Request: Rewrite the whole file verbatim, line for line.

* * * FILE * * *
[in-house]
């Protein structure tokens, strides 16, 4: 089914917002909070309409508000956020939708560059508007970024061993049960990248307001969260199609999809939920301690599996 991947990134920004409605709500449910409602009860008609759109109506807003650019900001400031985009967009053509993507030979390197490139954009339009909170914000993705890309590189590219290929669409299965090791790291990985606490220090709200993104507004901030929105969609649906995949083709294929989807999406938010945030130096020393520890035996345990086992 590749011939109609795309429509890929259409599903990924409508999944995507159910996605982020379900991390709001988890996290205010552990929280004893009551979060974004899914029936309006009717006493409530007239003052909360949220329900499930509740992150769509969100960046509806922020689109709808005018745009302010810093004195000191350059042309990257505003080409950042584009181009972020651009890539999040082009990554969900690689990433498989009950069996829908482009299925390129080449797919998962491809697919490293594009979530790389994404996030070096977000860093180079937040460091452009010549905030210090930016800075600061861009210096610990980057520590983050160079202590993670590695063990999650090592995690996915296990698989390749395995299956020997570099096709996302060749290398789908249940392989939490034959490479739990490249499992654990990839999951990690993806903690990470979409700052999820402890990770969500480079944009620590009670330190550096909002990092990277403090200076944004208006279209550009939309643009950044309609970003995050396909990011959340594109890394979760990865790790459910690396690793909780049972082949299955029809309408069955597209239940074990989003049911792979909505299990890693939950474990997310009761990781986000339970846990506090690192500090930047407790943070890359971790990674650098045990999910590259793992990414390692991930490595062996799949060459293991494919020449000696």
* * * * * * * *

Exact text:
[in-house]
């Protein structure tokens, strides 16, 4: 089914917002909070309409508000956020939708560059508007970024061993049960990248307001969260199609999809939920301690599996 991947990134920004409605709500449910409602009860008609759109109506807003650019900001400031985009967009053509993507030979390197490139954009339009909170914000993705890309590189590219290929669409299965090791790291990985606490220090709200993104507004901030929105969609649906995949083709294929989807999406938010945030130096020393520890035996345990086992 590749011939109609795309429509890929259409599903990924409508999944995507159910996605982020379900991390709001988890996290205010552990929280004893009551979060974004899914029936309006009717006493409530007239003052909360949220329900499930509740992150769509969100960046509806922020689109709808005018745009302010810093004195000191350059042309990257505003080409950042584009181009972020651009890539999040082009990554969900690689990433498989009950069996829908482009299925390129080449797919998962491809697919490293594009979530790389994404996030070096977000860093180079937040460091452009010549905030210090930016800075600061861009210096610990980057520590983050160079202590993670590695063990999650090592995690996915296990698989390749395995299956020997570099096709996302060749290398789908249940392989939490034959490479739990490249499992654990990839999951990690993806903690990470979409700052999820402890990770969500480079944009620590009670330190550096909002990092990277403090200076944004208006279209550009939309643009950044309609970003995050396909990011959340594109890394979760990865790790459910690396690793909780049972082949299955029809309408069955597209239940074990989003049911792979909505299990890693939950474990997310009761990781986000339970846990506090690192500090930047407790943070890359971790990674650098045990999910590259793992990414390692991930490595062996799949060459293991494919020449000696």